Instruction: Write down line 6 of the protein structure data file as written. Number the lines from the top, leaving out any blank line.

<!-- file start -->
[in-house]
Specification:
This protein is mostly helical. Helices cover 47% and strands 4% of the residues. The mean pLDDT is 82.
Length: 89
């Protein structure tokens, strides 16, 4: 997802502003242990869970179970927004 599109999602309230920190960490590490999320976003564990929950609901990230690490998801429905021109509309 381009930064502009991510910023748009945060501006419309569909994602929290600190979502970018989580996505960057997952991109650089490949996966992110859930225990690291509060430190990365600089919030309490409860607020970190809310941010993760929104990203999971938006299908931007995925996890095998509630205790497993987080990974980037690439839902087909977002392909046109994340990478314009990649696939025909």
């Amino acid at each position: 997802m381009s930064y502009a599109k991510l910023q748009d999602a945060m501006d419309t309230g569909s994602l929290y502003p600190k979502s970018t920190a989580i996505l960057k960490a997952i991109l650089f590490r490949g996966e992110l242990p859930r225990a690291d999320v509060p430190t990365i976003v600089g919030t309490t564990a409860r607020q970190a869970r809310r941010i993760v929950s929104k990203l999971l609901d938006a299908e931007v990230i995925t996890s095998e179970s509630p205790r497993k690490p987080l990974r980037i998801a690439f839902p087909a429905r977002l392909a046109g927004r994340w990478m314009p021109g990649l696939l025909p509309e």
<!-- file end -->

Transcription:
């Amino acid at each position: 997802m381009s930064y502009a599109k991510l910023q748009d999602a945060m501006d419309t309230g569909s994602l929290y502003p600190k979502s970018t920190a989580i996505l960057k960490a997952i991109l650089f590490r490949g996966e992110l242990p859930r225990a690291d999320v509060p430190t990365i976003v600089g919030t309490t564990a409860r607020q970190a869970r809310r941010i993760v929950s929104k990203l999971l609901d938006a299908e931007v990230i995925t996890s095998e179970s509630p205790r497993k690490p987080l990974r980037i998801a690439f839902p087909a429905r977002l392909a046109g927004r994340w990478m314009p021109g990649l696939l025909p509309e």